Products (part 2)

Let’s step back for a second. We have a notion of products in sets, groups, vector spaces, etc. What would be great is if these are all really the same idea (they certianly look similar). So we want to make a product in an arbitrary category. We started out doing this by looking at projection maps. After all, that’s sort of the one thing that all products have in common.

Last time we mentioned that we need more that just the projection maps to define a product. That is, just because we have A\leftarrow P\to B doesn’t mean that P is the product of A and B as we want to define it. In fact, lots of things could map to both A and B. We saw that in \textsc{Set}, the Cartesian products A\times B\times C and A\times B both have those maps. Shucks.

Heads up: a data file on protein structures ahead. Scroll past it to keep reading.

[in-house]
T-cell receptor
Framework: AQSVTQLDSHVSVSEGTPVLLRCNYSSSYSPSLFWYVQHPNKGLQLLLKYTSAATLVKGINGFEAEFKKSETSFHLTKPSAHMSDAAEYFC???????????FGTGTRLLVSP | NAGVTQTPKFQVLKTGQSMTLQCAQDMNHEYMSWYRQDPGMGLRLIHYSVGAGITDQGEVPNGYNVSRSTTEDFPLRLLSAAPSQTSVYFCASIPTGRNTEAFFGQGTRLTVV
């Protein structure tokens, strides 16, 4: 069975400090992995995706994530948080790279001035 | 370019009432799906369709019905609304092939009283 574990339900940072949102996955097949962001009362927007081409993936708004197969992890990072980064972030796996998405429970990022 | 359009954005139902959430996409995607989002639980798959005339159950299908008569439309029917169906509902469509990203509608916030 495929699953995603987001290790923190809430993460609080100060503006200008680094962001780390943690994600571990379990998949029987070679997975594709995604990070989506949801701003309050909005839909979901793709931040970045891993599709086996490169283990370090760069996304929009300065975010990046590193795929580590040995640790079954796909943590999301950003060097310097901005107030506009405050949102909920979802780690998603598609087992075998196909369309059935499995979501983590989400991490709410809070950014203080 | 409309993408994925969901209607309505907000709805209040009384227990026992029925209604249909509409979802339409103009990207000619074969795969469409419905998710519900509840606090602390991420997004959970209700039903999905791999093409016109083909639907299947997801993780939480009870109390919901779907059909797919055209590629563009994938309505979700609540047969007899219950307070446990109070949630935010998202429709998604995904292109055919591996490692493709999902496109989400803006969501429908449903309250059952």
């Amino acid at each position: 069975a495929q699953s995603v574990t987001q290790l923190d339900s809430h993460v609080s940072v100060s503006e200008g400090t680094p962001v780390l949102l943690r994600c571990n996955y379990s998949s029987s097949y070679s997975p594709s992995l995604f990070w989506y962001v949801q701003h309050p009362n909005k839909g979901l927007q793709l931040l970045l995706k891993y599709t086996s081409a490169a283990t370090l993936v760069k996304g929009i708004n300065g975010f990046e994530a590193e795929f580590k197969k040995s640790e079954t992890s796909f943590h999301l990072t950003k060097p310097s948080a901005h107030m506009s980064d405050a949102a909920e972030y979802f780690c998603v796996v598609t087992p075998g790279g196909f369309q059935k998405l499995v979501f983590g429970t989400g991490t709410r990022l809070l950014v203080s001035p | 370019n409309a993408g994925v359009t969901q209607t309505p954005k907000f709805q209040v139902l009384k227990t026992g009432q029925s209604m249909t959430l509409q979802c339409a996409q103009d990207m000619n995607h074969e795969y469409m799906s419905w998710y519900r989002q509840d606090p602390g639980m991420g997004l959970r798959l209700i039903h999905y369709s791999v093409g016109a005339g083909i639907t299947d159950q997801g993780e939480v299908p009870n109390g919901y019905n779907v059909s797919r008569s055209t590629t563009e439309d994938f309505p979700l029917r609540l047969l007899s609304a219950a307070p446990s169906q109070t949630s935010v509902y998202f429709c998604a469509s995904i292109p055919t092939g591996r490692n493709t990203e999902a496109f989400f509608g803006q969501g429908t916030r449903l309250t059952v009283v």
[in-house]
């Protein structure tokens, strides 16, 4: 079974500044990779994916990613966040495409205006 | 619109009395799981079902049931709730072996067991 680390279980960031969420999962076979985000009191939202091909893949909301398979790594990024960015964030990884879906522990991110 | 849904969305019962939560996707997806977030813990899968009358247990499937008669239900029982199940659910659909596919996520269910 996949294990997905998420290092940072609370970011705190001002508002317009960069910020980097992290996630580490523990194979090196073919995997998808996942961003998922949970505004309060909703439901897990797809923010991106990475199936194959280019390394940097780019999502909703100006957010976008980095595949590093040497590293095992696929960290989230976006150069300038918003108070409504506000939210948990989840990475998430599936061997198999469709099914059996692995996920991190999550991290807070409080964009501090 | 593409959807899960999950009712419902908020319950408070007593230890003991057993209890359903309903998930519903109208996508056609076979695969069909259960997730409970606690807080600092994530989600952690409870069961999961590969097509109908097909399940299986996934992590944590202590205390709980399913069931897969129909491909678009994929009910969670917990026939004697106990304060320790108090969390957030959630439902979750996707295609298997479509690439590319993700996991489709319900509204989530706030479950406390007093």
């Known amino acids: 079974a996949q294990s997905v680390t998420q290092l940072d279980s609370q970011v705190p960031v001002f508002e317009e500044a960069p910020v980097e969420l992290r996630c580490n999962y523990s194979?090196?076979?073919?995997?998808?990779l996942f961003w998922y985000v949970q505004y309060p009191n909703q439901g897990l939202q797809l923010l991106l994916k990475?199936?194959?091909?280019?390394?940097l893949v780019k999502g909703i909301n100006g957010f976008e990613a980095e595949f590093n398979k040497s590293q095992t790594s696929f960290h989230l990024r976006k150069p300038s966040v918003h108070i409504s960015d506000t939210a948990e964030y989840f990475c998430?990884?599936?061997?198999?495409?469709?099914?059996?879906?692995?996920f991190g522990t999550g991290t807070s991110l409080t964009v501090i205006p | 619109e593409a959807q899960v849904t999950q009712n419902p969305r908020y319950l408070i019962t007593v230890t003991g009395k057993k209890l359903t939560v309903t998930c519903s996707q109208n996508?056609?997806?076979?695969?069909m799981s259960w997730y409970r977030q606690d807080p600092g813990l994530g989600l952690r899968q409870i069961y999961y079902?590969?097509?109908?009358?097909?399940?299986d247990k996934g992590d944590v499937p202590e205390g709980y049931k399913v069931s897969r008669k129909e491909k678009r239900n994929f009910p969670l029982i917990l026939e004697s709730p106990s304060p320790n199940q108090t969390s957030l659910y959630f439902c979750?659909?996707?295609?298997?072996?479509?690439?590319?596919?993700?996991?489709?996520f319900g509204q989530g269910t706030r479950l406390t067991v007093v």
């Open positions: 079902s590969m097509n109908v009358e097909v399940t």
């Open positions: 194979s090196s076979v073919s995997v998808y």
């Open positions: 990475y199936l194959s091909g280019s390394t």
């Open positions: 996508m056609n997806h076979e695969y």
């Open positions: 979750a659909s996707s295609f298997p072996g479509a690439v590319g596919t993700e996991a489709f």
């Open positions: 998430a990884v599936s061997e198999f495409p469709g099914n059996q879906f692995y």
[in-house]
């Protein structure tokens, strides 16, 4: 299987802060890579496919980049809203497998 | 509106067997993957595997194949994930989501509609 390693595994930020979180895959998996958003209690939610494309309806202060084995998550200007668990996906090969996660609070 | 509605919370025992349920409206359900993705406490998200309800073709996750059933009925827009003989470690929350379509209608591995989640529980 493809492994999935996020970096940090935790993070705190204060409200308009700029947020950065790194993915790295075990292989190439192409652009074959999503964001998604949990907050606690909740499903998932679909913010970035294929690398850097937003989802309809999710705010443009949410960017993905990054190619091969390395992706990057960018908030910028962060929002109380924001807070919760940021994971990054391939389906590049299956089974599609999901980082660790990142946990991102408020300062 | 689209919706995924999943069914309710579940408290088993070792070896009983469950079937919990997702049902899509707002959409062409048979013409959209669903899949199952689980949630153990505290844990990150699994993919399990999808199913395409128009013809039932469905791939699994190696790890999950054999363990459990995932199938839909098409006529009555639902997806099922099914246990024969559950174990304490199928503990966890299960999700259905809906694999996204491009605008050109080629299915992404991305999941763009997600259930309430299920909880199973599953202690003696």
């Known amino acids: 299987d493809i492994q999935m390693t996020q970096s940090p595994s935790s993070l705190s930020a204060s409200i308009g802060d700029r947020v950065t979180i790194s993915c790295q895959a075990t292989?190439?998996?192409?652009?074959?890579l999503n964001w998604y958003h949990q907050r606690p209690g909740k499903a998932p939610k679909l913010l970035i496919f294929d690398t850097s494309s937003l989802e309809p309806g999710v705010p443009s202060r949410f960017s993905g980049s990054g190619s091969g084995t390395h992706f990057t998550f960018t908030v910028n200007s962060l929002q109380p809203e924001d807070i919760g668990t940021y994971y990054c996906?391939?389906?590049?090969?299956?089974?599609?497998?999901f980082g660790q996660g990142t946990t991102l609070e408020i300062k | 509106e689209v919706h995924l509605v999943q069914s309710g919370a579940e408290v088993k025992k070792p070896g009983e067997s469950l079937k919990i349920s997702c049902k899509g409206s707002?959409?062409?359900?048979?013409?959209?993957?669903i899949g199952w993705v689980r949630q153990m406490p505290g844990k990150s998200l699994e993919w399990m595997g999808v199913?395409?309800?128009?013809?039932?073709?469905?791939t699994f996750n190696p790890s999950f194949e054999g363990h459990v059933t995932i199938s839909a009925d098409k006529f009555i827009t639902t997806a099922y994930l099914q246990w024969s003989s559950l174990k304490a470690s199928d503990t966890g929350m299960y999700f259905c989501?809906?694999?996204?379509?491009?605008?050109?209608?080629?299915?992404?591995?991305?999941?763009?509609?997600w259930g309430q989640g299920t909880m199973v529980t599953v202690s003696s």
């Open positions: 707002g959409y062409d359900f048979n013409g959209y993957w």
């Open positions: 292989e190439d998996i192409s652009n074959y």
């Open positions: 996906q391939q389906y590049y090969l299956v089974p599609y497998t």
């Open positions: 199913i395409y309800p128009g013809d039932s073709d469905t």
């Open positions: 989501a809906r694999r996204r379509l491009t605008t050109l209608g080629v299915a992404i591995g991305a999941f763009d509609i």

But in fact we’re not out of luck, because, if we have f_A:A\times B\times C\to A, we can actually “factor” this map into two pieces. The first will be a map g:A\times B\times C\to A\times B, and the second will be the map \pi_A:A\times B\to A. What I mean is, there is such a g with \pi_A\circ g=f. With this in mind, here’s a definition for a product.

In a category \mathcal C, given two objects A and B, consider the subcategory \mathcal C' induced by all objects which have morphisms into both A and B. Then the product is A\times B is a terminal object in \mathcal C'.

Remember that terminal objects don’t necessarily exist in every category. Consequently products don’t necessarily exist in every category. However, as we already showed, if they do exist, they are unique. In the categories you know and love, products as we defined them are the same as products as we know them. The product in \textsc{Set} is the Cartesian product. The product in vector spaces is the vector space product.


One Response to Products (part 2)

  1. Pingback: Product (part 3) « Andy Soffer

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